From Berchtesgaden: if you are in Berchtesgaden, and you want someone else to make the arrangements and take you up there, as well as filling you in on the history, I highly recommend David and Christine Harper's Eagles Nest Tour. They are extremely knowledgeable about the history of the area and include a drive-by of a number of WW2-era sights on the Obersalzberg, plus a visit to the Documentation Center and its bunkers.
The tours leave daily at 1:15 p.m. in front of the Berchtesgaden Tourist Office across from the train station. Reservations can be made online at www.eagles-nest-historical-tours.com or in the Tourist Office. Limited to 25 people.
Price is 55 Euros, lasts 4 hours, and includes bus tickets, entry to the Eagles Nest and entry to the Documentation Center. Well worth it, especially for a first visit.
Getting to the Eagle's Nest is a two-step process, unless you see it as part of a tour.
First: from Berchtesgaden to the Obersalzberg (ten minutes).
Second: from the Obersalzberg to the Eagle's Nest, taking the special Eagle's Nest Bus up the mountain to the entrance of the elevator shaft.
The Eagle's Nest bus leaves from the Documentation Center area on the Obersalzberg, above the town of Berchtesgaden.
From Berchtesgaden to the Obersalzberg:
By car, drive up to the Obersalzberg on B319 (about 10 minutes) to the Documentation Center parking lot, or
Take Bus #838 from in front of the Berchtesgaden train station up to the Documentation Center parking lot.
You can check the bus schedule online at the Deutsche Bahn site and fill in (from/von) "Berchtesgaden Hbf" and (to/nach) "Dokumentation Obersalzberg".
To check the bus times for the bus from the Obersalzberg up to the Eagle's Nest, use the same website and fill in (from) "Kehlstein Busabfahrt, Berchtesgaden" and (to) "Kehlsteinparkplatz, Berchtesgaden".
Also, you can get a bus schedule from the tourist office across the street from the Berchtesgaden main train station (Hauptbahnhof). Or, look at the bus schedules posted at the bus stop in front of the station.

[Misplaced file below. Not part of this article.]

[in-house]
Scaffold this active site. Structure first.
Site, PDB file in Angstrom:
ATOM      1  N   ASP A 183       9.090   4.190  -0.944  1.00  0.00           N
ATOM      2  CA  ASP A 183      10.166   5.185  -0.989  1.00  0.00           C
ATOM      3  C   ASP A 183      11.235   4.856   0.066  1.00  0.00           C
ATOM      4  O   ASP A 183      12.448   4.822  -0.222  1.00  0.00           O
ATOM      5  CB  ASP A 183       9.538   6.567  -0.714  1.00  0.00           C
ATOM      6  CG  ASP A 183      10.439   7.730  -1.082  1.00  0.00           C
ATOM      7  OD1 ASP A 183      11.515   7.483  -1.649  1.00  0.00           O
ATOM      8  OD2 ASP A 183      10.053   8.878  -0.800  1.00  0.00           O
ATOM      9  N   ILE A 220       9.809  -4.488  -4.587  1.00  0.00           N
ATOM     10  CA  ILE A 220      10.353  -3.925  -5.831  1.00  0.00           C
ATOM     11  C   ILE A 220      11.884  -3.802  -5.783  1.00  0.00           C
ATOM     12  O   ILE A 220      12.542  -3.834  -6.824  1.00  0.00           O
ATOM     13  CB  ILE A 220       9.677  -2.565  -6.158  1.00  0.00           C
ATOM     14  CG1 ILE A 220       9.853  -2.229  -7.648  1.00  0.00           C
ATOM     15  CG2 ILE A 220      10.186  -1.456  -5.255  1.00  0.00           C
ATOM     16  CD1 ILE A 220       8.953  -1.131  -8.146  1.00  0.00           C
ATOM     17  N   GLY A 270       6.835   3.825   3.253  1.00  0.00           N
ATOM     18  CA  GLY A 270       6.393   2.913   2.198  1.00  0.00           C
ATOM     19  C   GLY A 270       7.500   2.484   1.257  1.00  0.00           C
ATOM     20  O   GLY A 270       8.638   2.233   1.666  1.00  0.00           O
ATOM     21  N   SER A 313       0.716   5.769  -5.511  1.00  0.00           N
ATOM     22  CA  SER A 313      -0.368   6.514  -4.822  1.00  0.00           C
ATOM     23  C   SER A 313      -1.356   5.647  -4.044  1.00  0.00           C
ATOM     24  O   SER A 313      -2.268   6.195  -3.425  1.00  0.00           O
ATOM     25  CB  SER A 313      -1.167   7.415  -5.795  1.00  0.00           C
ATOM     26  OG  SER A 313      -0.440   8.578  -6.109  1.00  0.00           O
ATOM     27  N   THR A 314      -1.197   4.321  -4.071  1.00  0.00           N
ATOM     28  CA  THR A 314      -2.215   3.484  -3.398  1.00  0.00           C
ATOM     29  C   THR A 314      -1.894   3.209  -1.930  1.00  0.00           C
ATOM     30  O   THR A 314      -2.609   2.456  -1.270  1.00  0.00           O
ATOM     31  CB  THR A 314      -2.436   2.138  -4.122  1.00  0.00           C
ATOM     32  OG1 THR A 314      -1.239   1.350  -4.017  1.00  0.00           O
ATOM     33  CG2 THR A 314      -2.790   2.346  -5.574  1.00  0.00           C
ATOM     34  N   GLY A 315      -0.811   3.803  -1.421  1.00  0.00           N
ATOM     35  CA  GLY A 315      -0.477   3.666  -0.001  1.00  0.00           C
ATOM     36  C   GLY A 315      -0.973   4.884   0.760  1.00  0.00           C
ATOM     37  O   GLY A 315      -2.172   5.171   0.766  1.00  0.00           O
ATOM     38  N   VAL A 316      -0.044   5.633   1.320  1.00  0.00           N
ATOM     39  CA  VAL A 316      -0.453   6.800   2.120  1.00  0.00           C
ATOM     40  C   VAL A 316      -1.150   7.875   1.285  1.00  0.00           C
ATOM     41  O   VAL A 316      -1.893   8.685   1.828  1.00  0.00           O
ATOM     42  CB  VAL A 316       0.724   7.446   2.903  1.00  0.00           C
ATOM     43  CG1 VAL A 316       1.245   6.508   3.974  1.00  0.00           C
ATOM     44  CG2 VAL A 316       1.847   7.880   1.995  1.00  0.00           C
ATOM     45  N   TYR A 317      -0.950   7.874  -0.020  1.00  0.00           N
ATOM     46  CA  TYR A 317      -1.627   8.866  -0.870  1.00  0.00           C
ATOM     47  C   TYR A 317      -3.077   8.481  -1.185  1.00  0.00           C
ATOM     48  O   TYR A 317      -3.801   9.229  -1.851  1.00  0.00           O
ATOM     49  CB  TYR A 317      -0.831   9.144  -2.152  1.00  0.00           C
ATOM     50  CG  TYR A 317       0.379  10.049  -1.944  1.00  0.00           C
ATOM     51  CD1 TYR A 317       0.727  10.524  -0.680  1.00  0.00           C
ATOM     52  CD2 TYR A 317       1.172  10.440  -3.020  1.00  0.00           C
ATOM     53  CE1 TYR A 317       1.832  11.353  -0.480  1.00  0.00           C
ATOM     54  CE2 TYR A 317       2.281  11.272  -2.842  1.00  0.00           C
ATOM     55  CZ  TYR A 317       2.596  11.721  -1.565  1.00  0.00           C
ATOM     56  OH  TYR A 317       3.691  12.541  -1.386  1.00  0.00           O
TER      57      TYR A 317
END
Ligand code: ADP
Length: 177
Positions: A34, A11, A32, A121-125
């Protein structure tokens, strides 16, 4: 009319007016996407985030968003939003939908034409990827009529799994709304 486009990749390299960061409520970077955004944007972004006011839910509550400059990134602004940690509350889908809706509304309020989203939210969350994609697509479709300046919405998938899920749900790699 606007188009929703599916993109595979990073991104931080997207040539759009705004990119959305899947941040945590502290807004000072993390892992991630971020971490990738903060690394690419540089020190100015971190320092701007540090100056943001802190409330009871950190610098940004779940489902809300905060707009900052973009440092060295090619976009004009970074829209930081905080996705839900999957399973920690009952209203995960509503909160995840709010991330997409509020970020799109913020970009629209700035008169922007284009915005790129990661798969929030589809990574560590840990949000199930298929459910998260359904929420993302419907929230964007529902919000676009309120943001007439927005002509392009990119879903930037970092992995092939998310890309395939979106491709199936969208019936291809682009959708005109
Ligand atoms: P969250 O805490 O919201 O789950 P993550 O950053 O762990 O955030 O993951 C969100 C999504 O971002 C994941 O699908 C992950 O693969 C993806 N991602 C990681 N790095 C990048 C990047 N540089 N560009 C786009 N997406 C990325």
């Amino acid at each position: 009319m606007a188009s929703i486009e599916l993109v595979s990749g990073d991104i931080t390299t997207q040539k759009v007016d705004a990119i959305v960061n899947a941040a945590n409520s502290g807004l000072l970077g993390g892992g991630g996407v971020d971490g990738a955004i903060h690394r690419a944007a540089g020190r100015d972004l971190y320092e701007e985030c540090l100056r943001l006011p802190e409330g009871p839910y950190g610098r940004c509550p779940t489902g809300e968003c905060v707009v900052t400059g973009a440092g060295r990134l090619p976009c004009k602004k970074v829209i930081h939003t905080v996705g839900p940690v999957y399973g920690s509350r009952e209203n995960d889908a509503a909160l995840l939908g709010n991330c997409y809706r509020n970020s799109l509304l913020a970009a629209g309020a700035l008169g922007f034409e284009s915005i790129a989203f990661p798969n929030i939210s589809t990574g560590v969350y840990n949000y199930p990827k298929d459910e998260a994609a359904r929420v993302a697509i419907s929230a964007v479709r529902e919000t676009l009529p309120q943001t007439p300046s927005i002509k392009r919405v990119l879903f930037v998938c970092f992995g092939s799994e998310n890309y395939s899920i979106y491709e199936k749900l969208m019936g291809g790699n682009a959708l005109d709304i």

Taxis are available 24 hours a day at the train station entrance as well.
From Obersalzberg to the Eagles Nest:
Once you're at the Documentation Center parking lot, next to the bus stop, go down the steps at the far right side to a small ticket office. You can buy a ticket for the Eagle's Nest bus there (currently around 16 Euros). There is a discount for children up to 14 years.
The bus ticket includes entrance to the Eagle's Nest; once you are up there, you are free to explore the building and the grounds.
The buses run every 25 minutes between 8:30 a.m. and 4:00 p.m. The last bus coming down the mountain leaves at 4:50 p.m., but double check when you buy your ticket. In October, the buses start at 9:40 a.m. and the last return bus is at 4:00 p.m.
Other than a strenuous two-hour hike, these buses are the only way to get up to the Eagle's Nest. The steep road rises 2275 feet (700 meters) with only one switchback turn and is closed to all other traffic.
It is a one-way road except for one wide spot where the uphill and downhill buses pass. They're timed so the buses leave the top and bottom at exactly the right time to arrive at the passing area simultaneously (of course, it's Germany!).
The bus takes you up to the tunnel entrance leading into Kehlstein mountain. There you have your ticket stamped with the time you want to go back down.
The long, dark tunnel is lined with rough marble and leads to an amazing mirrored elevator that takes you up to the 6000 foot summit in 14 seconds. The elevator is the same one used by Hitler and his visitors. The Führer was driven through the tunnel, but you have to walk!
The Eagle's Nest is only accessible from mid May through October because of snow. The buses start running in May when the road is clear and stop when the road becomes unsafe.
Before the service begins each season, loose rocks from the mountainside are removed. Fortunately, this bus service has a great safety record; not one accident since opening to the public in 1952.
This is a very popular attraction, so it can be crowded during the summer months.